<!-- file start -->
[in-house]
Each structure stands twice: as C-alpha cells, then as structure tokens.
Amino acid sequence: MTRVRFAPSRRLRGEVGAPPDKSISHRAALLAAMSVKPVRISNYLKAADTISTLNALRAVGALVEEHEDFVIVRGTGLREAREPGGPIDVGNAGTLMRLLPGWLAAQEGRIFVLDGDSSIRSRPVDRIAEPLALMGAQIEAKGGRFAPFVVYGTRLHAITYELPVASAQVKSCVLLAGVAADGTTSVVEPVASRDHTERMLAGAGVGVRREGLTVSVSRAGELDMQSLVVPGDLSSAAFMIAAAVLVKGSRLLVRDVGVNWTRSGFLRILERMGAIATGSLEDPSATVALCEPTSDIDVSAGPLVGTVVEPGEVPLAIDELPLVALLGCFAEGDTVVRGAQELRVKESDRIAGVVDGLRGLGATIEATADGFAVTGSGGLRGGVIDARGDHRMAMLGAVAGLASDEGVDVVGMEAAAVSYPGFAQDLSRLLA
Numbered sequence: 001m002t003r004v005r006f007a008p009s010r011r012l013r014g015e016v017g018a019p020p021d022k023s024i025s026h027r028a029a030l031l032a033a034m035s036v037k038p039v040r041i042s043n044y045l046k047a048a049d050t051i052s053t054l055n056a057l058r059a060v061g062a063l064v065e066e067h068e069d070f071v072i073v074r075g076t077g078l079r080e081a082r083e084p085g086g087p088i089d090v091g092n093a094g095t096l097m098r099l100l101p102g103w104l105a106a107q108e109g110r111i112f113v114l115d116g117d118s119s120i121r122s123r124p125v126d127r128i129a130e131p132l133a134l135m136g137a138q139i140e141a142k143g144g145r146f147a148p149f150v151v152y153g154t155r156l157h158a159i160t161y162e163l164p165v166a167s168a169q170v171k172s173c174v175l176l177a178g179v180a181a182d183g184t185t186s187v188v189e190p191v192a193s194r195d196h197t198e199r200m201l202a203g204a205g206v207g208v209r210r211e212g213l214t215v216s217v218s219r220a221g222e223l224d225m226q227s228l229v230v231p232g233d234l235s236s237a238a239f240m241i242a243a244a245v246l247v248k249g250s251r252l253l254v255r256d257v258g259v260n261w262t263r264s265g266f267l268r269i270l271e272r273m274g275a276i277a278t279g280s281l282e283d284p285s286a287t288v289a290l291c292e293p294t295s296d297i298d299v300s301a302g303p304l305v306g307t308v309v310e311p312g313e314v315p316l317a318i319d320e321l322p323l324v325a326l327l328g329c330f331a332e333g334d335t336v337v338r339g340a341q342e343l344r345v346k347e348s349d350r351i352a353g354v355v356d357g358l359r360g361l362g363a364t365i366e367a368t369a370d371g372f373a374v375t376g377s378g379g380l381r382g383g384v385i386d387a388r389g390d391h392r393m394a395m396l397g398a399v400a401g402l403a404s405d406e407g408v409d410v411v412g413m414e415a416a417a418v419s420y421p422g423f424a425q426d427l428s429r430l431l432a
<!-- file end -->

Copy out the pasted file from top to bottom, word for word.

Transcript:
[in-house]
Each structure stands twice: as C-alpha cells, then as structure tokens.
Amino acid sequence: MTRVRFAPSRRLRGEVGAPPDKSISHRAALLAAMSVKPVRISNYLKAADTISTLNALRAVGALVEEHEDFVIVRGTGLREAREPGGPIDVGNAGTLMRLLPGWLAAQEGRIFVLDGDSSIRSRPVDRIAEPLALMGAQIEAKGGRFAPFVVYGTRLHAITYELPVASAQVKSCVLLAGVAADGTTSVVEPVASRDHTERMLAGAGVGVRREGLTVSVSRAGELDMQSLVVPGDLSSAAFMIAAAVLVKGSRLLVRDVGVNWTRSGFLRILERMGAIATGSLEDPSATVALCEPTSDIDVSAGPLVGTVVEPGEVPLAIDELPLVALLGCFAEGDTVVRGAQELRVKESDRIAGVVDGLRGLGATIEATADGFAVTGSGGLRGGVIDARGDHRMAMLGAVAGLASDEGVDVVGMEAAAVSYPGFAQDLSRLLA
Numbered sequence: 001m002t003r004v005r006f007a008p009s010r011r012l013r014g015e016v017g018a019p020p021d022k023s024i025s026h027r028a029a030l031l032a033a034m035s036v037k038p039v040r041i042s043n044y045l046k047a048a049d050t051i052s053t054l055n056a057l058r059a060v061g062a063l064v065e066e067h068e069d070f071v072i073v074r075g076t077g078l079r080e081a082r083e084p085g086g087p088i089d090v091g092n093a094g095t096l097m098r099l100l101p102g103w104l105a106a107q108e109g110r111i112f113v114l115d116g117d118s119s120i121r122s123r124p125v126d127r128i129a130e131p132l133a134l135m136g137a138q139i140e141a142k143g144g145r146f147a148p149f150v151v152y153g154t155r156l157h158a159i160t161y162e163l164p165v166a167s168a169q170v171k172s173c174v175l176l177a178g179v180a181a182d183g184t185t186s187v188v189e190p191v192a193s194r195d196h197t198e199r200m201l202a203g204a205g206v207g208v209r210r211e212g213l214t215v216s217v218s219r220a221g222e223l224d225m226q227s228l229v230v231p232g233d234l235s236s237a238a239f240m241i242a243a244a245v246l247v248k249g250s251r252l253l254v255r256d257v258g259v260n261w262t263r264s265g266f267l268r269i270l271e272r273m274g275a276i277a278t279g280s281l282e283d284p285s286a287t288v289a290l291c292e293p294t295s296d297i298d299v300s301a302g303p304l305v306g307t308v309v310e311p312g313e314v315p316l317a318i319d320e321l322p323l324v325a326l327l328g329c330f331a332e333g334d335t336v337v338r339g340a341q342e343l344r345v346k347e348s349d350r351i352a353g354v355v356d357g358l359r360g361l362g363a364t365i366e367a368t369a370d371g372f373a374v375t376g377s378g379g380l381r382g383g384v385i386d387a388r389g390d391h392r393m394a395m396l397g398a399v400a401g402l403a404s405d406e407g408v409d410v411v412g413m414e415a416a417a418v419s420y421p422g423f424a425q426d427l428s429r430l431l432a